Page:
How To Correct A Dog That Ignores The Recall?

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We have all had that sinking feeling. You call your dog, you know he has heard you,  and he totally ignores you.

You know you need to do something straight away or the habit of ignoring you will get worse.

But what should you do?

What is the best reaction?

How should you correct a dog during recall training?

Correcting The Dog

The traditional advice from dog trainers used to be to get out and correct your dog at the point where he was when you gave the recall.

To literally run him down, grab him and give him a serious telling off.
Unfortunately there are huge practical problems with this approach.

In order for a dog’s behaviour to be modified by any consequences you provide,   those consequences have to follow the behaviour pretty rapidly.   We are talking seconds here, not minutes.

You have to get out to the dog before he leaves the place where he ignored you, and before he forgets what it is he did wrong.

Dogs Can Run Faster Than Humans

correcting-the-recallSometimes, if you are good sprinter, it may be possible to accurately (and therefore effectively) correct a dog.

So that he learns from the experience.

But more often than not, by the time you reach him, assuming you can catch him, he hasn’t a clue what he is being corrected for.

Don’t forget that when plunging through undergrowth or up a hill, four legs have the advantage over two!

Punishing Your Dog Can Damage Your Relationship

Punishing your dog means that in his eyes you become the ‘bad guy’.  This may be only temporary,  but the effect can be very damaging to the whole recall process.

Remember too that punishment must be pretty unpleasant in order to counter the fun that the dog just had ignoring your boring old pleas for him to ‘come here’.

Just how mean are you prepared to be?

ignore

The essence of a good recall lies in creating a situation where the dog feels the urge to be next to you more than anything else in the world when he hears that recall signal.

If you have punished him, no matter how moderately,  you will have reduced his desire to get himself next to you.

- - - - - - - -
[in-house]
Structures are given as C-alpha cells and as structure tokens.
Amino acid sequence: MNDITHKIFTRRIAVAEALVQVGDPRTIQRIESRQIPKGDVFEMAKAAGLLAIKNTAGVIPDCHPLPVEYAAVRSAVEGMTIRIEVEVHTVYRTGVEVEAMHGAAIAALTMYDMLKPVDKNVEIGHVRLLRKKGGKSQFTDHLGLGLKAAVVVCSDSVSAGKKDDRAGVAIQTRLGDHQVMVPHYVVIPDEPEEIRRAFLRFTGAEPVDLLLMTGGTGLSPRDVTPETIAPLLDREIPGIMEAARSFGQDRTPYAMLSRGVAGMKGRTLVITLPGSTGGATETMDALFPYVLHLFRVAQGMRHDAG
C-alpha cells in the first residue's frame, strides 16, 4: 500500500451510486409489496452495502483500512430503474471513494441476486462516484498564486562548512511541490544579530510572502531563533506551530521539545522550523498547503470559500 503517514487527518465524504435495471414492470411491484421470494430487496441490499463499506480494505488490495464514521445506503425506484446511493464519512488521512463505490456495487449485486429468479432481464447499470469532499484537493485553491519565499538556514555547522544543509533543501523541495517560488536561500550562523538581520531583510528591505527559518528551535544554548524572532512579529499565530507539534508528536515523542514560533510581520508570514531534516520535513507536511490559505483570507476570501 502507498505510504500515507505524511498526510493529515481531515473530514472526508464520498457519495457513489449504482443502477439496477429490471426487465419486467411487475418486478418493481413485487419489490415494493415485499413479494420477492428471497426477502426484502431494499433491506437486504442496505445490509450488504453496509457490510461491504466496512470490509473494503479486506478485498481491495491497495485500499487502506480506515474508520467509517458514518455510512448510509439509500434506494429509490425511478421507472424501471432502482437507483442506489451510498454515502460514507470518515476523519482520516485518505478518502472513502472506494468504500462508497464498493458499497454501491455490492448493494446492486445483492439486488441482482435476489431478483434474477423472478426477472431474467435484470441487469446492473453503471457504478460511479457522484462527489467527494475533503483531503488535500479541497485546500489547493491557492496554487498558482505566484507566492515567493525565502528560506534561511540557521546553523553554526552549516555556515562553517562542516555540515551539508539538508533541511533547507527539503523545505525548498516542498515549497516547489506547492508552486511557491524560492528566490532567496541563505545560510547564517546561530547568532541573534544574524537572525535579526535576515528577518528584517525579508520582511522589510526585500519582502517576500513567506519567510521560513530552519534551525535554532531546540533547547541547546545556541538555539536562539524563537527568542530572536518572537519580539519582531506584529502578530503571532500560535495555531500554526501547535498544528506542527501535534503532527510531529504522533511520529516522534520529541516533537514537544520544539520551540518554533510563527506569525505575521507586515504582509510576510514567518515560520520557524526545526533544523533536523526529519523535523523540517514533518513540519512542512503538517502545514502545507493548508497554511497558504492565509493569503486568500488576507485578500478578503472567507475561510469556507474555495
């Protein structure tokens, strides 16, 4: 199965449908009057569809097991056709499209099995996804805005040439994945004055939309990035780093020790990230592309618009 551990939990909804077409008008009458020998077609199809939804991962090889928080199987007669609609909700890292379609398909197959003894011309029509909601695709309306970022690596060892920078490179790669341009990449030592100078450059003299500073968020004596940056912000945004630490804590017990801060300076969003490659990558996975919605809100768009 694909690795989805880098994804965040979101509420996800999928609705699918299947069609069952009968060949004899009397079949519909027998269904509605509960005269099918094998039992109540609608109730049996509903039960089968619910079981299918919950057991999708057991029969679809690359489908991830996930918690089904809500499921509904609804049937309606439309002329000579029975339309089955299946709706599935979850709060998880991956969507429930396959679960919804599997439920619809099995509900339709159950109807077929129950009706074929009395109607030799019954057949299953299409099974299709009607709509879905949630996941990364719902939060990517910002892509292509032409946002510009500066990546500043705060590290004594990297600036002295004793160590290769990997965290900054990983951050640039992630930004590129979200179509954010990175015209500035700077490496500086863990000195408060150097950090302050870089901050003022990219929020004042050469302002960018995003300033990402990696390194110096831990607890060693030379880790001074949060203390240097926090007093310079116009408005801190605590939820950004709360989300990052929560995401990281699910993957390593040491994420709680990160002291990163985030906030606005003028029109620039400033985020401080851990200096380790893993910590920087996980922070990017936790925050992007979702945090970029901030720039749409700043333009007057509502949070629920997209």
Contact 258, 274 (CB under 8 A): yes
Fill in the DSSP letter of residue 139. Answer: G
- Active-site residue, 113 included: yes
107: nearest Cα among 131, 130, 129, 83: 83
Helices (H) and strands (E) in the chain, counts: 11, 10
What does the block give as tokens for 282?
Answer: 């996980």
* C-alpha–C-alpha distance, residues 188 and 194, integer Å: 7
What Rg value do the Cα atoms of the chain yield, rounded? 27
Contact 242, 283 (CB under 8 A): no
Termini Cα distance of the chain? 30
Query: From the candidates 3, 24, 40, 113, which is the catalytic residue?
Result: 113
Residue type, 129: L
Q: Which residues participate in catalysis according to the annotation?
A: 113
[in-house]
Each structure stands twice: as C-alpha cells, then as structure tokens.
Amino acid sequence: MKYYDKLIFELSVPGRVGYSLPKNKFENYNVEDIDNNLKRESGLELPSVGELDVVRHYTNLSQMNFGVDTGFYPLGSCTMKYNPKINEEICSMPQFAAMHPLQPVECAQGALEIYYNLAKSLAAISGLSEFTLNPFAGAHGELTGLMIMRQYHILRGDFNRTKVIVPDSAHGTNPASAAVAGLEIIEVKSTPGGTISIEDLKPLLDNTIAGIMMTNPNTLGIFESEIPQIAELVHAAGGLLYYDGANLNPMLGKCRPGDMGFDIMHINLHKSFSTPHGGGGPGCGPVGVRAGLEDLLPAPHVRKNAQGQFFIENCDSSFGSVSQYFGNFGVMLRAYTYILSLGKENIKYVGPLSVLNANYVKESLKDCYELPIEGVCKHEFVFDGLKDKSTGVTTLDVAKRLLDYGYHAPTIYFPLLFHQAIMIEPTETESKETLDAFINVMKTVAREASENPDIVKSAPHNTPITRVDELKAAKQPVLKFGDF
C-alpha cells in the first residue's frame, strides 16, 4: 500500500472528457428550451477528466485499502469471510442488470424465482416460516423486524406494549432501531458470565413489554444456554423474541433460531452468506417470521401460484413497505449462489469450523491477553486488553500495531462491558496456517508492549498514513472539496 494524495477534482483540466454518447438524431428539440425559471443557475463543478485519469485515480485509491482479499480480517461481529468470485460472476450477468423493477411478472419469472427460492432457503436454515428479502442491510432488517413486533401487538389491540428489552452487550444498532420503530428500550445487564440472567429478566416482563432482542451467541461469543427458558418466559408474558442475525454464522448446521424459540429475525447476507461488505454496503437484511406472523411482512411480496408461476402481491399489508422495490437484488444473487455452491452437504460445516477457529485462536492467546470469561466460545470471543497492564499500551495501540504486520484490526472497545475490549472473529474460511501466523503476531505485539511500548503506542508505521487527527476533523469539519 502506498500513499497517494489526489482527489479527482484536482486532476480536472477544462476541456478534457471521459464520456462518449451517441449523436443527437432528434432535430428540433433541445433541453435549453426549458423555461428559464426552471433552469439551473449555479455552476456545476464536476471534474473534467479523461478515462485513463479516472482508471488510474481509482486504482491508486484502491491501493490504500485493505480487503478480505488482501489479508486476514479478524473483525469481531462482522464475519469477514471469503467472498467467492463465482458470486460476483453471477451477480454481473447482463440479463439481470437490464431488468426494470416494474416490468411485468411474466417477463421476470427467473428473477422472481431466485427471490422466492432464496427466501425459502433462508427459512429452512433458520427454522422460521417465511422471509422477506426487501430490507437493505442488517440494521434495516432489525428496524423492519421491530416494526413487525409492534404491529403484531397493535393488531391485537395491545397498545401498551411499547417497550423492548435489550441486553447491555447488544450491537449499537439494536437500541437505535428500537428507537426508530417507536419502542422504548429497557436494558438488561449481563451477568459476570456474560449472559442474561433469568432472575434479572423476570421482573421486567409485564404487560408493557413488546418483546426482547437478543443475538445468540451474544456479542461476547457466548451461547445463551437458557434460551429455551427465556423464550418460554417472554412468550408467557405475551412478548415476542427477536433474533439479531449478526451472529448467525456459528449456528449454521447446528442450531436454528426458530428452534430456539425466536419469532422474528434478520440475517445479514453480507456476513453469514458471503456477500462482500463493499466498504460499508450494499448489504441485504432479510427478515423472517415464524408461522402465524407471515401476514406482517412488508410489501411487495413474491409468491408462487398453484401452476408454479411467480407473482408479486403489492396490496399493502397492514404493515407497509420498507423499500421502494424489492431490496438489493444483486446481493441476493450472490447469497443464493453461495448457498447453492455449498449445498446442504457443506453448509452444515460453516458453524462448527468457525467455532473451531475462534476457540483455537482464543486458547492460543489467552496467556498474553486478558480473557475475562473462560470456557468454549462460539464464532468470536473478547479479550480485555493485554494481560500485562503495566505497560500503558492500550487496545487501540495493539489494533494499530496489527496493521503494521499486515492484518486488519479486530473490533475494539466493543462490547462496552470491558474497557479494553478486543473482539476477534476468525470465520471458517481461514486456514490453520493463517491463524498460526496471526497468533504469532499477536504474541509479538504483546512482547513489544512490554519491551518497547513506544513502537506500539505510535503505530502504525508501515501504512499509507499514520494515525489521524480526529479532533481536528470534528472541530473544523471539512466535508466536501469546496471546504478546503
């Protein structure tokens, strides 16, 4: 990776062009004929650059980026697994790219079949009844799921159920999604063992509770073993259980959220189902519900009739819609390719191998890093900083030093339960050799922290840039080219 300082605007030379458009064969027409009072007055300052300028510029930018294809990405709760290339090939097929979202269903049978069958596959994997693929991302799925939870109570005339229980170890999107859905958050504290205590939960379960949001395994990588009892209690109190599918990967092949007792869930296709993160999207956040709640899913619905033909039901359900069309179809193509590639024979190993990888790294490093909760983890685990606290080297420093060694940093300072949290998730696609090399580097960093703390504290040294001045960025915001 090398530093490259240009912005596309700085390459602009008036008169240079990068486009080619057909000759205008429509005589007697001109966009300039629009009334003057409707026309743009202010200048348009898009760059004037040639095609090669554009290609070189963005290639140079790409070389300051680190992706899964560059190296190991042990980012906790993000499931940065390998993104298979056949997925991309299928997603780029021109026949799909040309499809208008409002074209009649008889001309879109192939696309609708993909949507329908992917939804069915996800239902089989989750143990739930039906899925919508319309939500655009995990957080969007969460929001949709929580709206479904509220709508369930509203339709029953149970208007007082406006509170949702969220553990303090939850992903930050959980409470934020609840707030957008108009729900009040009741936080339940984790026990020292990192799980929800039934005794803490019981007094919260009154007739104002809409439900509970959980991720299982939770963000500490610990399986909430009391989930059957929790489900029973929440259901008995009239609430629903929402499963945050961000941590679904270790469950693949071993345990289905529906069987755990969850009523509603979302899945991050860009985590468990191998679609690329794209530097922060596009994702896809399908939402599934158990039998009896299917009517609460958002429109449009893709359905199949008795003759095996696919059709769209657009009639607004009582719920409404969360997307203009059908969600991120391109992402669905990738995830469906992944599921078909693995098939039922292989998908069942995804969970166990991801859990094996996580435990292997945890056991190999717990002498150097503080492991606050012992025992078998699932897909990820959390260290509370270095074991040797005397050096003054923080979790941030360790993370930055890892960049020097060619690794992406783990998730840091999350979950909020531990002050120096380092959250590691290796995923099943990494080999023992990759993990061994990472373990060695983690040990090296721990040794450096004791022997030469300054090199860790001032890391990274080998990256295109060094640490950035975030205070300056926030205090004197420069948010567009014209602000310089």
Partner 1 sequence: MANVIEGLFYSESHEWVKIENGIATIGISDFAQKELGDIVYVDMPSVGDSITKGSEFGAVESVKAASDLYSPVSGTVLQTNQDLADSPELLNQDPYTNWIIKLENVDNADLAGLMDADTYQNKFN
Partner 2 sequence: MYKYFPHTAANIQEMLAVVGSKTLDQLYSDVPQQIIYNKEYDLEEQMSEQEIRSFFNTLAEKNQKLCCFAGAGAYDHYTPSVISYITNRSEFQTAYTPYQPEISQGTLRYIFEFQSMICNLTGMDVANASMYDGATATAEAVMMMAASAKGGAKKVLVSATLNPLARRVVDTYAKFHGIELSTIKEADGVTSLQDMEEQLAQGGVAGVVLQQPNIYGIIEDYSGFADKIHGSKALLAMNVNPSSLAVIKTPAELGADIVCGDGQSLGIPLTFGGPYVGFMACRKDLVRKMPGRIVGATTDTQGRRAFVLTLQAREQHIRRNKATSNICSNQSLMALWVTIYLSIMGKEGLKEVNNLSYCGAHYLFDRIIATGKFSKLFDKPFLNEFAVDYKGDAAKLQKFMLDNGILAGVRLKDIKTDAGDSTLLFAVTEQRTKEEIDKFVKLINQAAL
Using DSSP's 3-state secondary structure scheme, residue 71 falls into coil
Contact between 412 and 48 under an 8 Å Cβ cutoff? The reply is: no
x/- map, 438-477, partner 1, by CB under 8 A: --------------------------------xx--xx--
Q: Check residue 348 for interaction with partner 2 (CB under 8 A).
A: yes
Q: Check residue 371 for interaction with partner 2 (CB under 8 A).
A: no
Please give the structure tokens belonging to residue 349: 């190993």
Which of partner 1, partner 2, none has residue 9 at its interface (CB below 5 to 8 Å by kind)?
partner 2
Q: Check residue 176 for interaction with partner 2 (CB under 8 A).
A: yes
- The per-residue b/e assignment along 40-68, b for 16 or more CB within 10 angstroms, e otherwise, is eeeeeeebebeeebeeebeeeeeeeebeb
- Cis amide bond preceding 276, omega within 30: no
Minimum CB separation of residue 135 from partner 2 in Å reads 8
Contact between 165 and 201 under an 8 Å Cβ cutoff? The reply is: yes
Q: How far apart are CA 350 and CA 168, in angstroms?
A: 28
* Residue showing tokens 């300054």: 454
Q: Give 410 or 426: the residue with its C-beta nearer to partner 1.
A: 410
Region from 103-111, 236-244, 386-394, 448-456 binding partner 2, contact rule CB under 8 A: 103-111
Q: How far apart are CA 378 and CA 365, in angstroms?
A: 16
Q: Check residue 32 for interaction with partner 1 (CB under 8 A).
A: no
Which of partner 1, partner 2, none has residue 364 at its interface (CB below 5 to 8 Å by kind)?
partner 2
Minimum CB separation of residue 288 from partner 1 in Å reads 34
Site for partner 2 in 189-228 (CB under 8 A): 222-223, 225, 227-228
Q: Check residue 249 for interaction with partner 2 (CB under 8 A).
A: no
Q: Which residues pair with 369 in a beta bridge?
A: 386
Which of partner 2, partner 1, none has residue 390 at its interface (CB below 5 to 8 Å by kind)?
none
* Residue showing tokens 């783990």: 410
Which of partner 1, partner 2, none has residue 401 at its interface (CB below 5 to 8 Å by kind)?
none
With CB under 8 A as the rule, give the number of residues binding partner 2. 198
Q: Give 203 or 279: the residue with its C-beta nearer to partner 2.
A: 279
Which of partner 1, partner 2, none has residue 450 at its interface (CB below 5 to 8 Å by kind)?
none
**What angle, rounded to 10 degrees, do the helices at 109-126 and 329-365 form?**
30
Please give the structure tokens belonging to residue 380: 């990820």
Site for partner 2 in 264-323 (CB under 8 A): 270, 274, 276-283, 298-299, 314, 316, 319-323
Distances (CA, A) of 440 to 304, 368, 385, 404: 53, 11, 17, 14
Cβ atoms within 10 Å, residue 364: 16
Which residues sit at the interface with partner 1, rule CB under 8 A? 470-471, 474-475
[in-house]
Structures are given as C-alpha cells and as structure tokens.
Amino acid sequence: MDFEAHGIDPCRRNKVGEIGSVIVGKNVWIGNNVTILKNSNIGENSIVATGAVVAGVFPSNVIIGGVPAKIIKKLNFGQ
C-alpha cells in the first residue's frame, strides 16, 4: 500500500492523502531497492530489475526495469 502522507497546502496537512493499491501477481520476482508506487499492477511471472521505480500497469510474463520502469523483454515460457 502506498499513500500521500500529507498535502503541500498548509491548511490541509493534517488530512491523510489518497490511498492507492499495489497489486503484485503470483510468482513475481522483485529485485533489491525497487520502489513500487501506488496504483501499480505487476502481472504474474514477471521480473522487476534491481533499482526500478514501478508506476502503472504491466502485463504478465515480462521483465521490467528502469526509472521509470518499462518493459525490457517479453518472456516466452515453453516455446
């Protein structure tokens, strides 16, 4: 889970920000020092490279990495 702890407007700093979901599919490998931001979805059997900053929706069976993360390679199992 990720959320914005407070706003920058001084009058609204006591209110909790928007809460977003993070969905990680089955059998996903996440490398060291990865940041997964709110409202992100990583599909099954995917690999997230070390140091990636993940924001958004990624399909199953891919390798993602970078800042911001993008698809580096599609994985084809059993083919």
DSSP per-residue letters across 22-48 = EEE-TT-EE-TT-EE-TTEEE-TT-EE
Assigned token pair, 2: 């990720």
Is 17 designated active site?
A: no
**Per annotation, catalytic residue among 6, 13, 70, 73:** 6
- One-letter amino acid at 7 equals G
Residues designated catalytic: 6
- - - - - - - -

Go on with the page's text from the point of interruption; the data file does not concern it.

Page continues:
This is counter productive and there seems little point in shooting yourself in the foot when there is a better alternative.

So if there is no point in correcting the dog at all, what should you do?

What to do when your dog ignores you

There are three actions you need to take.

  • Recovery
  • Management
  • Training

The first is to recover your dog.  And the second is to take steps to ensure that he isn’t given opportunity to ignore you again.

In other words, to manage his future behavior more carefully until you have completed the third step – teaching your dog to recall on command

Recovering your dog

If your dog is not too pre-occupied, the best strategy is simply to make a lot of noise (to attract his attention) and without pausing turn and run away from your dog.

As fast as you can

Most dogs cannot resist running after a whooping, hollering crazy human friend.

If your dog is rushing off to play with another dog and ignores your whoops, shouts and whistles, you are simply going to have to go and get him.

Don’t run after him aggressively, telling him what you would like to do to him when you get hold of him (however tempting that may be).

Simply walk quietly after him and take hold of his collar at the first opportunity you get.  Turn him towards you and reward him immediately the second he gives you any attention at all.

If you don’t have a reward on you, make a mental note to always have rewards with you in future!

Obviously, you don’t want to be in this position again in the future, so you now need to make a plan to manage your dog in situations where he is able to run off and ignore you.

Managing your dog

There are two aspect to managing the dog that isn’t (effectively) recall trained.